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Government continues to neglect veterans as PTSD epidemic explodes


Post-traumatic stress disorder

(NaturalNews) It's a problem that veterans have had to face after every war throughout U.S. history, even if it wasn't always called the same thing.

Whether it has been referred to as "shell shock," or "battle fatigue," or by its most modern incarnation, "post-traumatic stress disorder," all soldiers, sailors, Marines and airmen who experience war don't respond to it in the same way. Many need therapy and treatment for years -- sometimes, even, the rest of their lives.

It is no different today; the wars in Iraq and Afghanistan may have come to a close, but the experiences of many of those who fought them continue to haunt them to this day. But what is Uncle Sam doing for them?

According to the Veterans Administration, which is responsible for the PTSD care of the nation's vets, anywhere between 11 and 20 out of 100 Operation Iraqi Freedom (OIF) and Operation Enduring Freedom (OEF) experience PTSD in a given year. That is a significant figure, given that, according to PBS, more than 2.6 million men and women are vets of OIF, OEF or both (many of those with multiple deployments).

During a recent appearance on The Liberty Brothers Radio Show, Dr. James White, Jr., who served 11 years in the U.S. Army before pursuing his medical degree, said he has an affinity for veterans and especially those with PTSD, whom he treats regularly. He also said the VA and other military-related healthcare systems are grossly under-serving vets with PTSD.

Treatment is "a team effort"

White, a Nurse Practitioner/Clinical Specialist, and LMSW Social Worker with licensure/registration in all three specialties, said he has treated veterans from many wars, including Korea and Vietnam. He added that the problem certainly is not endemic to the nation's most current conflicts, and he also said that too much of the treatment is centered around dangerous medications, rather than "one-on-one counseling."

But more importantly, he said, "I can tell you flat out... these vets are not receiving the treatment they need, period."

He went on to describe proper treatment as "a team effort" that might include medications but also psychotherapy and group therapy, "where they get in there and begin to understand they're not the only person going through this."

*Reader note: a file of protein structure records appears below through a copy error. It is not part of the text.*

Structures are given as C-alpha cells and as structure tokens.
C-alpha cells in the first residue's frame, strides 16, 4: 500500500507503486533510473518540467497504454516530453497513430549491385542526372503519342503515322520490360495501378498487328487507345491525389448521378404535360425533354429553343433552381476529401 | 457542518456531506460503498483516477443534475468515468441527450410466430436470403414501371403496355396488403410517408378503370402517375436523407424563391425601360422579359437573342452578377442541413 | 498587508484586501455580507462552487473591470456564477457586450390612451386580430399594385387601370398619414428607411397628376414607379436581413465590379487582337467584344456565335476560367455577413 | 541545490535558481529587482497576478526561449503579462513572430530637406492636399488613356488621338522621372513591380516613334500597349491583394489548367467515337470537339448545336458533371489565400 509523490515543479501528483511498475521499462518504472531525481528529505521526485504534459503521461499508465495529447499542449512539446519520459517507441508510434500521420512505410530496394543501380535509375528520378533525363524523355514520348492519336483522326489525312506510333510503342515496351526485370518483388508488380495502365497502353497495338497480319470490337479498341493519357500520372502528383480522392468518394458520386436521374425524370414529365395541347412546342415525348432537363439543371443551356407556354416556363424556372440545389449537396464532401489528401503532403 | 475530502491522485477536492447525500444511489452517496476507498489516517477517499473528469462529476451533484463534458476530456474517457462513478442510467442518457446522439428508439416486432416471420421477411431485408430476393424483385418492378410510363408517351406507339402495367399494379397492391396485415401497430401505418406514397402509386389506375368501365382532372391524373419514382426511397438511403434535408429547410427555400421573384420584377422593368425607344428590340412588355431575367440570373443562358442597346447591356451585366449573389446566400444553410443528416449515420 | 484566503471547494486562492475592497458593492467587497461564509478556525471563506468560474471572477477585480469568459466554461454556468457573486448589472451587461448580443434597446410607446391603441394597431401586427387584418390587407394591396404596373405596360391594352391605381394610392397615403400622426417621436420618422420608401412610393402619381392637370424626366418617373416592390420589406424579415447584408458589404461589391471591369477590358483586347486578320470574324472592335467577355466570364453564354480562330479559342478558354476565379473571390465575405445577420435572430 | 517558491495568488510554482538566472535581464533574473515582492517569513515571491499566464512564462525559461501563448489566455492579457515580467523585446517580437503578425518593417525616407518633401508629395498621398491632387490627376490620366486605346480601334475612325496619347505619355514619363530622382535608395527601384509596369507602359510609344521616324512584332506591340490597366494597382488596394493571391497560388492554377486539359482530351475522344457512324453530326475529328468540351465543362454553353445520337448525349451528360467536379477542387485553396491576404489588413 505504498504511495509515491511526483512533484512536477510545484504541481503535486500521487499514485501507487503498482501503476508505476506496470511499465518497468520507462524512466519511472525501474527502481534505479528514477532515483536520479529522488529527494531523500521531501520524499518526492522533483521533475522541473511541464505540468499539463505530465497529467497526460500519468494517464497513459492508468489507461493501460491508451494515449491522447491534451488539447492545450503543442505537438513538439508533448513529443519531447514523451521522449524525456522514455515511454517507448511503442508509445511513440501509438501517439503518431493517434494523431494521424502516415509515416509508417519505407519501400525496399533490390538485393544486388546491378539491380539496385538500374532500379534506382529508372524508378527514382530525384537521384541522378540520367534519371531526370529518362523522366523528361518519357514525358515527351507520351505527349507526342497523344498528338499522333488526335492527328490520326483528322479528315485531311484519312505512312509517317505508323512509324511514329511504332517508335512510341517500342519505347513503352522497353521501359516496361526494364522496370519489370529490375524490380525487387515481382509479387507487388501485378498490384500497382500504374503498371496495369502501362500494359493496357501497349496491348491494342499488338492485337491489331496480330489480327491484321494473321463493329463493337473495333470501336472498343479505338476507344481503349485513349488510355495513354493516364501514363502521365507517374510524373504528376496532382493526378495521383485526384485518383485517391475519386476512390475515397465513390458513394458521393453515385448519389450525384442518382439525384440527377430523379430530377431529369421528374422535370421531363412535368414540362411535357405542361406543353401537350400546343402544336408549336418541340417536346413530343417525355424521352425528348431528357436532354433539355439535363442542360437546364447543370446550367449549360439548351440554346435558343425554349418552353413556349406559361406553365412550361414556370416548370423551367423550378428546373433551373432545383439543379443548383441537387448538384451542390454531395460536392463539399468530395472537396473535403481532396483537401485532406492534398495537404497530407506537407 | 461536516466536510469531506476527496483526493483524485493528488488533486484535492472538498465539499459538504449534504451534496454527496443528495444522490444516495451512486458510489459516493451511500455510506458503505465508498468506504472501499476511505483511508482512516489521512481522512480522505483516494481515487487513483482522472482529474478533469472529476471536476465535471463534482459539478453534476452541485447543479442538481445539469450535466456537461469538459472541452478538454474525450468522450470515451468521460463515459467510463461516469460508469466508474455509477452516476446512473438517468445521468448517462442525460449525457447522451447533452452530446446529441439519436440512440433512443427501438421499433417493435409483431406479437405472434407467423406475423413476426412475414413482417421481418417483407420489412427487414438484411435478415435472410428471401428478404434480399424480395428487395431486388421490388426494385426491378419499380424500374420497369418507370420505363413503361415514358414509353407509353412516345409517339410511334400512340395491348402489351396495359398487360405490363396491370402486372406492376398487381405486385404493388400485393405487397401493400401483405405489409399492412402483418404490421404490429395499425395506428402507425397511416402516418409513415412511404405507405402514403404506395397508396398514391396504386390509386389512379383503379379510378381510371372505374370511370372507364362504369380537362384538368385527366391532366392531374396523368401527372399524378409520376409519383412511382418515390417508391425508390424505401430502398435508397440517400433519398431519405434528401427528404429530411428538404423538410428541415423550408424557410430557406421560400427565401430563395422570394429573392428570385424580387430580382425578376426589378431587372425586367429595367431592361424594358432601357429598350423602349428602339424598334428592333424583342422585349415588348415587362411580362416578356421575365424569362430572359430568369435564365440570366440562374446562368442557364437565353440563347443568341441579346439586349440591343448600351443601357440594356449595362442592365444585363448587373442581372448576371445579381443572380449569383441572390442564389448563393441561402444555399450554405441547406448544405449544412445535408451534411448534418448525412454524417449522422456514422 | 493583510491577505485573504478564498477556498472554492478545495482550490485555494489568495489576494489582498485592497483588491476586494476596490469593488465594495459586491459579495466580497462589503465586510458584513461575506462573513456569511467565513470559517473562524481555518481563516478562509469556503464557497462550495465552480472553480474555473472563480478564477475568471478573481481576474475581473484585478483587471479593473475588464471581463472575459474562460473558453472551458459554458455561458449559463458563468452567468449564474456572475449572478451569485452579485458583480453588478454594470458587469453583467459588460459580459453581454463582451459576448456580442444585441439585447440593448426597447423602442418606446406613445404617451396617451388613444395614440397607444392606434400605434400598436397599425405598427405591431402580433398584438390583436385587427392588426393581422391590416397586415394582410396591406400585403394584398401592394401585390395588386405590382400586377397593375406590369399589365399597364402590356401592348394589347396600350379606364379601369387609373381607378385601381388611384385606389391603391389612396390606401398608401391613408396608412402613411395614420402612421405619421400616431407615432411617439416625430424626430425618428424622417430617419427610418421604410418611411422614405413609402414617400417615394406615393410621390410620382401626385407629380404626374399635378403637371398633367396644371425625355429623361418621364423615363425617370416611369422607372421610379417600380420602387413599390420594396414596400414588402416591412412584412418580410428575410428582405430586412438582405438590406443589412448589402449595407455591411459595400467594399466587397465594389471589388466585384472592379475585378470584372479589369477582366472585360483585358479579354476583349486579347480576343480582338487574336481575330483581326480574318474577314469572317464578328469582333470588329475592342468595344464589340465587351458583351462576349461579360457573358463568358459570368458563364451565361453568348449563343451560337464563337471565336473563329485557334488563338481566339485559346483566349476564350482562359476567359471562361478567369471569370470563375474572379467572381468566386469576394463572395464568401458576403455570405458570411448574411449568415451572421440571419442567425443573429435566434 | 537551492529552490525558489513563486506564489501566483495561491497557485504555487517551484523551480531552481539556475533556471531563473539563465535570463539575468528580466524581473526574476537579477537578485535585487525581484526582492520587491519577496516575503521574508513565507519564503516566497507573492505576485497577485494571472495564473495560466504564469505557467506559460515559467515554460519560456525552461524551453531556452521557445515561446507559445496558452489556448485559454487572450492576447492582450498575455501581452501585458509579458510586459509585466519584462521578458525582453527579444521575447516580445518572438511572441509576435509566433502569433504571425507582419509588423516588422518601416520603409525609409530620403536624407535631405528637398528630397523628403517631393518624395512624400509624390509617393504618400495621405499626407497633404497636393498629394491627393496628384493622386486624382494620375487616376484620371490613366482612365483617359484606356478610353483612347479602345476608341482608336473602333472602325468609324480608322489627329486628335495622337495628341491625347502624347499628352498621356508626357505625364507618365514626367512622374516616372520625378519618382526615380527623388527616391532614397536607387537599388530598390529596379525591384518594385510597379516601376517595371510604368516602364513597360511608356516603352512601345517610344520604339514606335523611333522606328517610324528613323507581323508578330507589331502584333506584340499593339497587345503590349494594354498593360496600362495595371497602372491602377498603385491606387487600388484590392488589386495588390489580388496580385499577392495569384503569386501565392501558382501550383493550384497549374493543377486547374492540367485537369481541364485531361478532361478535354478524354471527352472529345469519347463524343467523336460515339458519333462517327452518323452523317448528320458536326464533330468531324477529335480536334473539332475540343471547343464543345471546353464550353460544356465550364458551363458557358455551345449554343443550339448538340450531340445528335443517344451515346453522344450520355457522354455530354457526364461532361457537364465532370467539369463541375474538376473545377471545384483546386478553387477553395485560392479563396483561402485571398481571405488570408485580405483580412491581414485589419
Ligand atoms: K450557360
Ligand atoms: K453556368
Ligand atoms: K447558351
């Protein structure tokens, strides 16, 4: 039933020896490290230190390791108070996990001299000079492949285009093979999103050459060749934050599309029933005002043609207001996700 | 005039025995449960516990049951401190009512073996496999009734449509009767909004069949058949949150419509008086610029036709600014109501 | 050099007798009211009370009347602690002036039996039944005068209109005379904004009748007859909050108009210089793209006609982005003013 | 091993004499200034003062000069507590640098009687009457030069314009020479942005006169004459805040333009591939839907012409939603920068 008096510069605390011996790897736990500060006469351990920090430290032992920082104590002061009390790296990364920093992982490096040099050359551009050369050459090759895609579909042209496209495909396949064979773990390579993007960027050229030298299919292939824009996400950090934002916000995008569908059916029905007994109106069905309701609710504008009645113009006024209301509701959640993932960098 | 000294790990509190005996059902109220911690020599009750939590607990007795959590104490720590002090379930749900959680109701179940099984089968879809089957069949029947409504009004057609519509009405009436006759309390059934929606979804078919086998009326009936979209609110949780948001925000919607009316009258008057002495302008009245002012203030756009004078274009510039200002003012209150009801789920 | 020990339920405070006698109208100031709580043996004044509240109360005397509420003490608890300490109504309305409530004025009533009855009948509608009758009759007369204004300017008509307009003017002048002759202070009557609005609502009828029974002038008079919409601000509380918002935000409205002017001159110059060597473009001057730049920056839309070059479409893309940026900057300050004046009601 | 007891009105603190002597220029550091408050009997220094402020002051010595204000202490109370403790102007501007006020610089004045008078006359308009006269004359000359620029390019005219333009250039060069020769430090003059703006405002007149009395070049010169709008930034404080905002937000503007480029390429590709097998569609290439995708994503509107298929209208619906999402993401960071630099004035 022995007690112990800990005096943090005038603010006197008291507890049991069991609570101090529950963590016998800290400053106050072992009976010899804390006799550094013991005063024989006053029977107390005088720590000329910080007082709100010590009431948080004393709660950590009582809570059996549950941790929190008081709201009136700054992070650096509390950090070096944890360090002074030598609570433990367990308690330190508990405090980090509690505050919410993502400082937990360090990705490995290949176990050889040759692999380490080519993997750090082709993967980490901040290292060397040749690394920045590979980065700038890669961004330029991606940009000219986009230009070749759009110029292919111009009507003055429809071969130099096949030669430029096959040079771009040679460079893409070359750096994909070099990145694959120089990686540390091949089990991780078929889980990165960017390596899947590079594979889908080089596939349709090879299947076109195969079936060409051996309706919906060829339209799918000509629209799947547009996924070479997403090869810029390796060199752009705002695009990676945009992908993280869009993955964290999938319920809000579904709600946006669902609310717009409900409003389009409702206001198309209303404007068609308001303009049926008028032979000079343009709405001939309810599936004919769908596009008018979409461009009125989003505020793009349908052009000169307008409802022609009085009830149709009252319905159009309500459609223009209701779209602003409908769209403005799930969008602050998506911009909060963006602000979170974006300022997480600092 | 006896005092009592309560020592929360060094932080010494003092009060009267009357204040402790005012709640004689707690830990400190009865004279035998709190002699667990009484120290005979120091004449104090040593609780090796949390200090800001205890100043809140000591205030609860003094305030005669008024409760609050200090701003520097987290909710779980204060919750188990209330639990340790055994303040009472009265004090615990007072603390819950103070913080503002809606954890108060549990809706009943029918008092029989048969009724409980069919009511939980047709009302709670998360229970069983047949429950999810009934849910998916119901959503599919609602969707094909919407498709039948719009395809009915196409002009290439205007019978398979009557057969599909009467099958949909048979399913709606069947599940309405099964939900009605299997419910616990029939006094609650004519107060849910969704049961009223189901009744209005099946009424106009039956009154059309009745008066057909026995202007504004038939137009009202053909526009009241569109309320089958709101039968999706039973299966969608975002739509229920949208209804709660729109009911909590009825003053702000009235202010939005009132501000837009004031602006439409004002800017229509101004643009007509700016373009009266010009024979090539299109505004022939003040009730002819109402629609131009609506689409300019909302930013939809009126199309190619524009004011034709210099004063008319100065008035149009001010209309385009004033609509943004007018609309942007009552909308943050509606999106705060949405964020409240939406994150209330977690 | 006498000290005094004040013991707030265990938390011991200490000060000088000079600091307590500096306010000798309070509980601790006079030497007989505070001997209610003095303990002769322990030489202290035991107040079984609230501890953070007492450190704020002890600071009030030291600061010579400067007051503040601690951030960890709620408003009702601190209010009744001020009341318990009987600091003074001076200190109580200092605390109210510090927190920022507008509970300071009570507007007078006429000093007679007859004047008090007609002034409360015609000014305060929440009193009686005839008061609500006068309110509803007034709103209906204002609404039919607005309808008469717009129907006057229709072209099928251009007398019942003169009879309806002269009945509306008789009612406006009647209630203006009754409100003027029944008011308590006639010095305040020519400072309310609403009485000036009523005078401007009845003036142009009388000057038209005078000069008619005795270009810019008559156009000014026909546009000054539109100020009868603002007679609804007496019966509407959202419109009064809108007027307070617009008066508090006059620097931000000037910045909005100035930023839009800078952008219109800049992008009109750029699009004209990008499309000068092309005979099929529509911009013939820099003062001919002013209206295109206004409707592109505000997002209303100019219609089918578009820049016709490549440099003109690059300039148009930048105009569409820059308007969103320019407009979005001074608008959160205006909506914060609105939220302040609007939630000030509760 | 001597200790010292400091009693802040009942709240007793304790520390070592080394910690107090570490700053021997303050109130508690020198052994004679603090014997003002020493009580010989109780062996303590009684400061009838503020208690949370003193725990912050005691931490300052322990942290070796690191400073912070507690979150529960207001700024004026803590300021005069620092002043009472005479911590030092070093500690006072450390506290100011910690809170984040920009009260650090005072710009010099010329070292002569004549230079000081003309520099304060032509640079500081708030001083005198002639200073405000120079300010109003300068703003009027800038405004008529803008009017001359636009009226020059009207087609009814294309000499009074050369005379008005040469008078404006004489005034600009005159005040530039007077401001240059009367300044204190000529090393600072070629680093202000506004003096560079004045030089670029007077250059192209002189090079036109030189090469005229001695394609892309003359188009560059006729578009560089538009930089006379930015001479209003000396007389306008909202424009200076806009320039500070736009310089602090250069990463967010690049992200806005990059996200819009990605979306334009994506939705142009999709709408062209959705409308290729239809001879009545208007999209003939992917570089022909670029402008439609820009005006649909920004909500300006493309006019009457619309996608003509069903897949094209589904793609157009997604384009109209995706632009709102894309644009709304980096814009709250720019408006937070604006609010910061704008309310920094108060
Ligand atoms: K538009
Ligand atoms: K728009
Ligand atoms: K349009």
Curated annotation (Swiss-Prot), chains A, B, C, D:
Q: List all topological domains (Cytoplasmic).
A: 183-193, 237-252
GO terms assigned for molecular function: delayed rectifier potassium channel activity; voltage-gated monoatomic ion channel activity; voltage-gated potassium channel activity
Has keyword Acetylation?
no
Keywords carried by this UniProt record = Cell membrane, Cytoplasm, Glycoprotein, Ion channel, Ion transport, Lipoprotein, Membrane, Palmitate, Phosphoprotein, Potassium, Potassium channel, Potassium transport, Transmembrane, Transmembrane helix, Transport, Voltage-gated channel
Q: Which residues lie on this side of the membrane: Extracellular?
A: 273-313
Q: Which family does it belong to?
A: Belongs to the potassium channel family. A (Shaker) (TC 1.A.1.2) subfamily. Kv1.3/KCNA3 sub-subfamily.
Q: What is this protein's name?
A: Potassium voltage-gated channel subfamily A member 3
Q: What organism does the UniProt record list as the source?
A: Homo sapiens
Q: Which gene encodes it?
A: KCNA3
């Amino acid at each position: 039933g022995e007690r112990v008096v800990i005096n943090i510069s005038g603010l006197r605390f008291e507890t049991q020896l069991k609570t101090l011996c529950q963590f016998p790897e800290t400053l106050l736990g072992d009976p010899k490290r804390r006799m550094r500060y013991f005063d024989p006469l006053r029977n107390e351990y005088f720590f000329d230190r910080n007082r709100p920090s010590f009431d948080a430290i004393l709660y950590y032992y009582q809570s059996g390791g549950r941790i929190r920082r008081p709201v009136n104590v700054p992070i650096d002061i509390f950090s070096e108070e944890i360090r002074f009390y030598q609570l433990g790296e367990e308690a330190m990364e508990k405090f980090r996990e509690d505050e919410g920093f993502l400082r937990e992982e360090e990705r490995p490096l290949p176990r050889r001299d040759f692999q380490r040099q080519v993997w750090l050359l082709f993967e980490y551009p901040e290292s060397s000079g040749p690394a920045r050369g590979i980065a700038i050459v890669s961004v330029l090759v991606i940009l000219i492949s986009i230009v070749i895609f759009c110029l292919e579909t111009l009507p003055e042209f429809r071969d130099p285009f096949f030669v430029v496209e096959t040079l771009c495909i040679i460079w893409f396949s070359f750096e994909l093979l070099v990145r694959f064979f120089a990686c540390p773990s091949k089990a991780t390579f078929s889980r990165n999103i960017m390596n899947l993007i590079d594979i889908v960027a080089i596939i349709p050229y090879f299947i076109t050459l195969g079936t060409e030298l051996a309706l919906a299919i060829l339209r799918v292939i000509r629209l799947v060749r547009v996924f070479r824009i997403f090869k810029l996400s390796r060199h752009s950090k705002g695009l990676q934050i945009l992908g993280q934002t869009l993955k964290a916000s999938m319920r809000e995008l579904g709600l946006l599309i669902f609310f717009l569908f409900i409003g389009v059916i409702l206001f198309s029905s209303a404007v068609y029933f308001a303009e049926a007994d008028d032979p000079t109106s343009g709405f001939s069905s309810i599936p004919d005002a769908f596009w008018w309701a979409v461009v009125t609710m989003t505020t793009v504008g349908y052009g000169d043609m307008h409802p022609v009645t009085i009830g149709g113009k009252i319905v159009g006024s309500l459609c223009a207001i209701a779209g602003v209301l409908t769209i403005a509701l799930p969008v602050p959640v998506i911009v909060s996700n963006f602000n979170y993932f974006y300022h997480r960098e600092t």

In a March 2014 interview with PBS' Gwen Ifill, The Washington Post's Rajiv Chandrasekaran also said the VA was doing a substandard job in treating vets with PTSD and suicidal tendencies.

"This is a group of people who have been battered. They're having a tough time with transition. They're having their frustration with the services they're getting from the government," Chandrasekaran said. "About 60 percent say that the Veterans Administration is not doing enough, is doing either a poor job or only a fair job in meeting the needs of this generation of veterans."

"Why did they give him more drugs?"

Furthermore, he added, 50 percent said the Pentagon was not doing enough to ease the transition from military to civilian life.

In an interview with Military Times, Janine Lutz said she believes the VA is handing out too many medications to veterans with PTSD -- and then doing a poor job of following up.

"The drugs they are pushing on all veterans, not just my son, is not helping. I think we know that these drugs are killing them," she said, more than a year after her 24-year-old Marine son killed himself by overdosing on meds he had secured from the VA.

As reported by the Military Times, since her son's death she has had a host of questions:

Why, she wondered, did VA give him more drugs? Why did VA not heed its own clinical guidelines for treating PTSD, which recommend against using benzodiazepines like Klonopin and temazepam? And why -- especially -- would they prescribe a drug she thinks made her son feel suicidal?

She doesn't have any answers, and neither do scores of other friends and family members who have lost vets to PTSD-related suicide.

Sources:

http://www.ptsd.va.gov

http://www.pbs.org

http://thelibertybrothers.com

http://www.militarytimes.com

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